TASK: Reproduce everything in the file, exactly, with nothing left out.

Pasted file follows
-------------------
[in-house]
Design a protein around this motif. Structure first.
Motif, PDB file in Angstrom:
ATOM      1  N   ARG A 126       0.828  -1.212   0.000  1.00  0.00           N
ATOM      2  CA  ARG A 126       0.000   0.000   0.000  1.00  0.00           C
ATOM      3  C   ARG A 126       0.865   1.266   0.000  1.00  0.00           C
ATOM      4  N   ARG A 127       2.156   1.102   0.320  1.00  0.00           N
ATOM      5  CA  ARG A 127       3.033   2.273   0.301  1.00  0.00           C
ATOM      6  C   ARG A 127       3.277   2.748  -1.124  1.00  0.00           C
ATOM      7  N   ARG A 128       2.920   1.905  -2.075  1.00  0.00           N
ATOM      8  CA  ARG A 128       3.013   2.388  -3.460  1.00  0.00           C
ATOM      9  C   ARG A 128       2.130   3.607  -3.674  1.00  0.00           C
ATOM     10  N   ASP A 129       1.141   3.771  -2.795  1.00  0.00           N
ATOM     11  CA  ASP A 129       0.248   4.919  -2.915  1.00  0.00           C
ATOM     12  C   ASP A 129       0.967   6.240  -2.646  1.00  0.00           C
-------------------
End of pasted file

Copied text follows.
[in-house]
Design a protein around this motif. Structure first.
Motif, PDB file in Angstrom:
ATOM      1  N   ARG A 126       0.828  -1.212   0.000  1.00  0.00           N
ATOM      2  CA  ARG A 126       0.000   0.000   0.000  1.00  0.00           C
ATOM      3  C   ARG A 126       0.865   1.266   0.000  1.00  0.00           C
ATOM      4  N   ARG A 127       2.156   1.102   0.320  1.00  0.00           N
ATOM      5  CA  ARG A 127       3.033   2.273   0.301  1.00  0.00           C
ATOM      6  C   ARG A 127       3.277   2.748  -1.124  1.00  0.00           C
ATOM      7  N   ARG A 128       2.920   1.905  -2.075  1.00  0.00           N
ATOM      8  CA  ARG A 128       3.013   2.388  -3.460  1.00  0.00           C
ATOM      9  C   ARG A 128       2.130   3.607  -3.674  1.00  0.00           C
ATOM     10  N   ASP A 129       1.141   3.771  -2.795  1.00  0.00           N
ATOM     11  CA  ASP A 129       0.248   4.919  -2.915  1.00  0.00           C
ATOM     12  C   ASP A 129       0.967   6.240  -2.646  1.00  0.00           C